Moreover, when multiple well ranked pages are linked to a single one, they are not competitors anymore and create a stronger relevancy and popularity signal. Those pages are thus better ranked.


Rel=canonical works slightly the same way as 301 redirect except it is easier to implement.

It can be used for copied pieces of content from other websites.

It will tell search engines that you know the article copied has been intentionally placed on your website and that all the weight of that page should pass to the original one.

If you need further details about how rel=canonical works, we previously wrote an article on that subject.

NoIndex, NoFollow

This combined tags is useful for pages which should not appear in search engine’s index.

Bots can crawl the pages but will not index them.

Parameter handling

Google Webmaster Tool offers different services.

One of them is to set a preferred domain for your site and handle URL parameters differently.

However, this just applies to Google.

Your changes will not be taken into account for Bing or other search engine settings.

Further methods which can be implemented

Preferred domain

This is a very basic setting that should be implement on every site. It just tells search engines whether a site should be displayed with the www or not in the search engine result pages.

Internal linking

Be careful when internally linking. If you decide that the canonical version of a website is, then all the internal links should go to and not to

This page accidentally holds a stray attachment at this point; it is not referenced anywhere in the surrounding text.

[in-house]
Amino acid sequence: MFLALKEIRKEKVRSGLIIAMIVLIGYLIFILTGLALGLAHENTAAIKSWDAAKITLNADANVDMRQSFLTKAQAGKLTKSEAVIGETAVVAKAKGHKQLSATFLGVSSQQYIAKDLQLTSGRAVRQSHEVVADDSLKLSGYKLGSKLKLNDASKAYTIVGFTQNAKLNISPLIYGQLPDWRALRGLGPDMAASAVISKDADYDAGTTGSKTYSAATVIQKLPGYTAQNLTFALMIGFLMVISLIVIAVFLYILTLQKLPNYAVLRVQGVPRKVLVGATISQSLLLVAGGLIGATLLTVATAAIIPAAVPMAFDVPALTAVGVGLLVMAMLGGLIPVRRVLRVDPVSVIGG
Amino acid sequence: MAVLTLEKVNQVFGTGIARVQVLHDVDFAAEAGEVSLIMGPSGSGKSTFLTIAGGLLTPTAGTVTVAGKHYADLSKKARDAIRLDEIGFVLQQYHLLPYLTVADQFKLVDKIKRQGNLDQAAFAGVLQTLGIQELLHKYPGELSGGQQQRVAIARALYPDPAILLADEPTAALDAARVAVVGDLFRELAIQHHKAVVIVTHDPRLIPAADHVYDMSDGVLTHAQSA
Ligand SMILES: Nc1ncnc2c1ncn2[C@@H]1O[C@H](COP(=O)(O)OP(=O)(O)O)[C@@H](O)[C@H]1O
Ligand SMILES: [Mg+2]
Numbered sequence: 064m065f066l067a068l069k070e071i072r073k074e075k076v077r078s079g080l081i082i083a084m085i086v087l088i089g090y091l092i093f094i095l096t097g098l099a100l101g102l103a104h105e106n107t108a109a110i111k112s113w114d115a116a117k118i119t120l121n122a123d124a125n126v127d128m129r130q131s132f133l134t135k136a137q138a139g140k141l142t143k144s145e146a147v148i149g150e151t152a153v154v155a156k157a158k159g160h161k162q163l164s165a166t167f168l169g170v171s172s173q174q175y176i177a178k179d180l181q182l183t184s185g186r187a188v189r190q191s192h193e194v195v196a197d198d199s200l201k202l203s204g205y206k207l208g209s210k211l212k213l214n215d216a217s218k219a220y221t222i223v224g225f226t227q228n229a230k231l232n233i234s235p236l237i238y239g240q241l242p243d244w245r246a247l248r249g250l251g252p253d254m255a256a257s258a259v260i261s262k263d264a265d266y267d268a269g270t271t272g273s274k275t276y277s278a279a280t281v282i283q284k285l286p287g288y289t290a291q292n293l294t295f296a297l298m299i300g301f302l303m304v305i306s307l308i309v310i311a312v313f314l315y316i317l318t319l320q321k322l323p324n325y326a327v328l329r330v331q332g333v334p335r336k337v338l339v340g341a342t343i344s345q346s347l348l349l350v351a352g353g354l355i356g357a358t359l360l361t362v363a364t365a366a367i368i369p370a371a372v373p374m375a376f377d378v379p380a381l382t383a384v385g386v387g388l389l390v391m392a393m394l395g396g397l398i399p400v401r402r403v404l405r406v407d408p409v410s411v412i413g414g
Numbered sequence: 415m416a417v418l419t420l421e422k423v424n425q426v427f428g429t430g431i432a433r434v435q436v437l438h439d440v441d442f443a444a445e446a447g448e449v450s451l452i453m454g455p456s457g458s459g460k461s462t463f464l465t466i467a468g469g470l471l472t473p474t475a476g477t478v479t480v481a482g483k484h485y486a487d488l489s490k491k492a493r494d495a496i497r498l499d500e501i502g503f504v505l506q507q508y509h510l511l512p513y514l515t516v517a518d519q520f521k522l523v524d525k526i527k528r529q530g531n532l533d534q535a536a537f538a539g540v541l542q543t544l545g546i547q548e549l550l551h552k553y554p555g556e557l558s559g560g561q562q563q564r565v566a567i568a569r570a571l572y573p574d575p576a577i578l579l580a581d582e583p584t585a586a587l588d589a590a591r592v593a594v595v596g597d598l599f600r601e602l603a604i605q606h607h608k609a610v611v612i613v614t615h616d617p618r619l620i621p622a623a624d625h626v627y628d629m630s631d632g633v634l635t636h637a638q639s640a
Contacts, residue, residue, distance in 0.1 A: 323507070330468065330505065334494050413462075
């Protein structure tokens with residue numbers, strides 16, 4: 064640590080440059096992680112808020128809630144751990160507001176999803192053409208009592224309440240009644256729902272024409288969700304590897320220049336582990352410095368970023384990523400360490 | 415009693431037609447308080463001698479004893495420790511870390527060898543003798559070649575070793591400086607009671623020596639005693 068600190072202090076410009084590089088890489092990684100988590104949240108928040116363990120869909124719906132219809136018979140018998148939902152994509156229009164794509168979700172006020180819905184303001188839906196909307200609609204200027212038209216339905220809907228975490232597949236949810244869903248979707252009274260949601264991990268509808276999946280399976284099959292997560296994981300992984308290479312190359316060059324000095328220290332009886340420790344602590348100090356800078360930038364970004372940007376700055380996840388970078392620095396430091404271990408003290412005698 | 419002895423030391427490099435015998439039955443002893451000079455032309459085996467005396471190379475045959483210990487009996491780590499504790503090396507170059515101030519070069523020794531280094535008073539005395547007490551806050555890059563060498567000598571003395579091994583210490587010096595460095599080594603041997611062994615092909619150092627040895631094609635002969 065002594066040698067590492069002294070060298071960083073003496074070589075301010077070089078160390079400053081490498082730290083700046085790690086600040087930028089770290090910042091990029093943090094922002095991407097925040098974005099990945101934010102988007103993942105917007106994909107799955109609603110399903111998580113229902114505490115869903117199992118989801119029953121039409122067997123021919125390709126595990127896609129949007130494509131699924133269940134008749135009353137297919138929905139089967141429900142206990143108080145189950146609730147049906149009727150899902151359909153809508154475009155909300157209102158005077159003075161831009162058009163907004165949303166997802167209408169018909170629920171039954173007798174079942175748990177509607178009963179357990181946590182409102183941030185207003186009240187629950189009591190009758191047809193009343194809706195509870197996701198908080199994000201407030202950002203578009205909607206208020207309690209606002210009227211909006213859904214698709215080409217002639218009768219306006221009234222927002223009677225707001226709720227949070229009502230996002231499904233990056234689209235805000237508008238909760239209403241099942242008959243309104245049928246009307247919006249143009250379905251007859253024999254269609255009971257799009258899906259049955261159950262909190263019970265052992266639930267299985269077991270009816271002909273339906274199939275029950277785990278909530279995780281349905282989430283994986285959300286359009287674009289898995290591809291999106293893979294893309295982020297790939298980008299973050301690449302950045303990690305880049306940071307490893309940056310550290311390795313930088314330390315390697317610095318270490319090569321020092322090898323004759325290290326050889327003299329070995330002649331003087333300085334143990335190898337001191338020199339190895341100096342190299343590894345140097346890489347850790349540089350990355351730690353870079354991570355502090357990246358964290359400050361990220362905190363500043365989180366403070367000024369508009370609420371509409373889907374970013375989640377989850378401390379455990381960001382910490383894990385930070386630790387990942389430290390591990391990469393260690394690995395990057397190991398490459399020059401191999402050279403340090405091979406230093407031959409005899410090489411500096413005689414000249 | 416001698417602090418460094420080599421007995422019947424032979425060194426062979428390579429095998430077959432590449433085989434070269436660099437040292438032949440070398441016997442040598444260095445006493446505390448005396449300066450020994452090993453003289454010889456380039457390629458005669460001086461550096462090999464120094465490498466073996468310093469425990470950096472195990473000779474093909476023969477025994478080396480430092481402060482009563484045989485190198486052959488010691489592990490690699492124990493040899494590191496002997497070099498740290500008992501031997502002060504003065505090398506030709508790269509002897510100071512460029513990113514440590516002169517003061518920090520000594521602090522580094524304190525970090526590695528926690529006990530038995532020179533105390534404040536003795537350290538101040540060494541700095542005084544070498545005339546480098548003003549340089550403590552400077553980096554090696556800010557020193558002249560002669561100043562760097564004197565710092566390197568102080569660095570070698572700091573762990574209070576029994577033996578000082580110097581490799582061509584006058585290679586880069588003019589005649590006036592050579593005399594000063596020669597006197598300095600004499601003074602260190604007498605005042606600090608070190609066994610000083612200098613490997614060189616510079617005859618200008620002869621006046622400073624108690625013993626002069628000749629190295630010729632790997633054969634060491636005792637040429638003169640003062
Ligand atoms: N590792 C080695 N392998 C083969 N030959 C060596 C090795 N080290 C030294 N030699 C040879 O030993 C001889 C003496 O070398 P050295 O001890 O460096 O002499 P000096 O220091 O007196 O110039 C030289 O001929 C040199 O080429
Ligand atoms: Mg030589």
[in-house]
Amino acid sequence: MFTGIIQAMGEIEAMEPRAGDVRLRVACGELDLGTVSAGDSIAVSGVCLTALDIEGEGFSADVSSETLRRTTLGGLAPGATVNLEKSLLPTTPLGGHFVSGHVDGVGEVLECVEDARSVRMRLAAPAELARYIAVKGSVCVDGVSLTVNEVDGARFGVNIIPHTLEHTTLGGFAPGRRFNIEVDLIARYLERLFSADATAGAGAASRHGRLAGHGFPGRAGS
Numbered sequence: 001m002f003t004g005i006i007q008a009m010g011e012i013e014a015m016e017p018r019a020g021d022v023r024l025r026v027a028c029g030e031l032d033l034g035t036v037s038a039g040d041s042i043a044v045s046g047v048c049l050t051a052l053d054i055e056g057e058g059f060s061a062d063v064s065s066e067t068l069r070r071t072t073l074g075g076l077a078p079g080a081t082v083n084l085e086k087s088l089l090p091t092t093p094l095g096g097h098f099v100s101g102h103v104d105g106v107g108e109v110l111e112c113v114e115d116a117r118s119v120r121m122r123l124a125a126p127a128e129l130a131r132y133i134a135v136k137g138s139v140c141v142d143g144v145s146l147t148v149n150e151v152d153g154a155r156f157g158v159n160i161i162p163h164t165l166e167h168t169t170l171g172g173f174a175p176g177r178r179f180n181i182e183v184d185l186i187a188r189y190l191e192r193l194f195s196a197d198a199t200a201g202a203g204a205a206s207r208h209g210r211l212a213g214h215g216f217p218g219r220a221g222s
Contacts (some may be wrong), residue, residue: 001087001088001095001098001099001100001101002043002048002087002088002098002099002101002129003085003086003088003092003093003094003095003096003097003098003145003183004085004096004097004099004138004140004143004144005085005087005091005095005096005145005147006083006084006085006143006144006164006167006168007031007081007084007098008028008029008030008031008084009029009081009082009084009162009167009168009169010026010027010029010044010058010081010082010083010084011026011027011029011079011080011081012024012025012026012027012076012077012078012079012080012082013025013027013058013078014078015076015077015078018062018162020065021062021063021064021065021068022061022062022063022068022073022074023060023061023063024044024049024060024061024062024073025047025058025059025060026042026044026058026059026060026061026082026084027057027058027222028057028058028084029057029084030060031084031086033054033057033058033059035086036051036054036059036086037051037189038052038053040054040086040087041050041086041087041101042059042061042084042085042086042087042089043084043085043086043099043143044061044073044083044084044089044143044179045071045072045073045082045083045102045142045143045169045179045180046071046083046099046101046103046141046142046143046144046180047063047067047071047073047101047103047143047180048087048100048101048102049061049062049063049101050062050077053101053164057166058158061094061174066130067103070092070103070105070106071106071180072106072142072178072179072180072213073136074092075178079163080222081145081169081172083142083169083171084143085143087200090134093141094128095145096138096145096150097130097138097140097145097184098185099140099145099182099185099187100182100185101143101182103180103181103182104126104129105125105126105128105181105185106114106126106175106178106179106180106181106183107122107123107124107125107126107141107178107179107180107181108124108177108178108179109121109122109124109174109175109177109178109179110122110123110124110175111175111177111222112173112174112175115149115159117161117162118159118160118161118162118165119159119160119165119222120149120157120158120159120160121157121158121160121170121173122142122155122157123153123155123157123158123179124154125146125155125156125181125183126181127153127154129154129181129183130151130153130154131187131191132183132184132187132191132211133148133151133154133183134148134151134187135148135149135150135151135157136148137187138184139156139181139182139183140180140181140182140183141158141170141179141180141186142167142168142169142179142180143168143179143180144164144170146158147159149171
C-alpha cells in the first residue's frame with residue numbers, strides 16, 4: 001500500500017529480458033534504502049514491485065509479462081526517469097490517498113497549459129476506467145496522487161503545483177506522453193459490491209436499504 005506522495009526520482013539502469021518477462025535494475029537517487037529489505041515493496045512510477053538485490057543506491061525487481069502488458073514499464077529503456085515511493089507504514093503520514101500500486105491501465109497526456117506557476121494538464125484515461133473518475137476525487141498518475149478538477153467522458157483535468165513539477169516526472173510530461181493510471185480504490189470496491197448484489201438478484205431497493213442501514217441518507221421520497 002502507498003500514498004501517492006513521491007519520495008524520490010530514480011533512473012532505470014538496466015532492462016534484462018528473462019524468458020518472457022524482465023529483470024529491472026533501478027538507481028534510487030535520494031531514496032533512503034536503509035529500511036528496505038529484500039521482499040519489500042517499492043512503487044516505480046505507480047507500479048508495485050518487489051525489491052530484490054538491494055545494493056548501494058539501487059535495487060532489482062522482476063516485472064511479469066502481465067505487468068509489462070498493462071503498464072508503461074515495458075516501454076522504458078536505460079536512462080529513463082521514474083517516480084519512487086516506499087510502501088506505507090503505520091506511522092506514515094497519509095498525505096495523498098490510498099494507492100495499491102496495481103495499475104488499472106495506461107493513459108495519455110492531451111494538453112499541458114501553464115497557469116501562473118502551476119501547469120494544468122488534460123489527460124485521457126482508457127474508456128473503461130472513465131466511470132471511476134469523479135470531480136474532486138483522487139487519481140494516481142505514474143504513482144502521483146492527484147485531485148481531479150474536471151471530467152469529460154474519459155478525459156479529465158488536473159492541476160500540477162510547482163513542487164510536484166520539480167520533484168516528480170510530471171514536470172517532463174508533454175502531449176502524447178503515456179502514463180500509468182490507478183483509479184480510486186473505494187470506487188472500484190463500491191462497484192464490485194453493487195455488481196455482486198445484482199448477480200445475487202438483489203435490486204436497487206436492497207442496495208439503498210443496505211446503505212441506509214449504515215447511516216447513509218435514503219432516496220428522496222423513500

Merging content

When regrouping content, be sure to add a link back to the original one.

Write unique product descriptions

It might take more time, but if you write your own descriptions instead of taking the manufacturer ones, it might help you to rank above those other sites with duplicated descriptions.

How to improve your content and avoid duplicate content issues?

Here are the main situations where duplicate content happen.

This is what you should avoid:

URL issues

Parameters like click tracking or analytics code can lead to duplicate content issues. Actually, similar URLs pointing to identical pages will have problems. Google regards www, non-www, .com, com/index.html, http or https as different pages even if they are the same. It is thus seen as duplicate content.


Printer-friendly versions of content can cause duplicate content issues when multiple versions of the pages get indexed.

Session IDs

This common issue happens when each user that comes on a website is assigned a different session ID that is stored in the URL.

Copied or syndicated information

If you want to share an article, a quote or a comment of someone you worship or just to illustrate your articles, it will be seen as duplicate content, even if you have linked back to its website or URL.

Indeed, Google will poorly value this pieces of content and it will certainly lead to an overall domain score quality drop.

Duplicate product information

If you own an ecommerce website, you have probably met this problem. It occurs when you use manufacturers’ item descriptions hosted on their websites to describe your products.

The problem is that these manufacturers may sell this product to many different sellers and thus the description is appearing on many different websites. This is just pure duplicate content.

Sorting and multi-pages lists

An ecommerce website like Amazon offers filter options that generate unique URLs. It has a large number of product pages in most categories which can change orders depending on how the list is ordered.

For example, if you range 30 items by price or by alphabetical order, you will end up with two pages with the same content but with different URLs.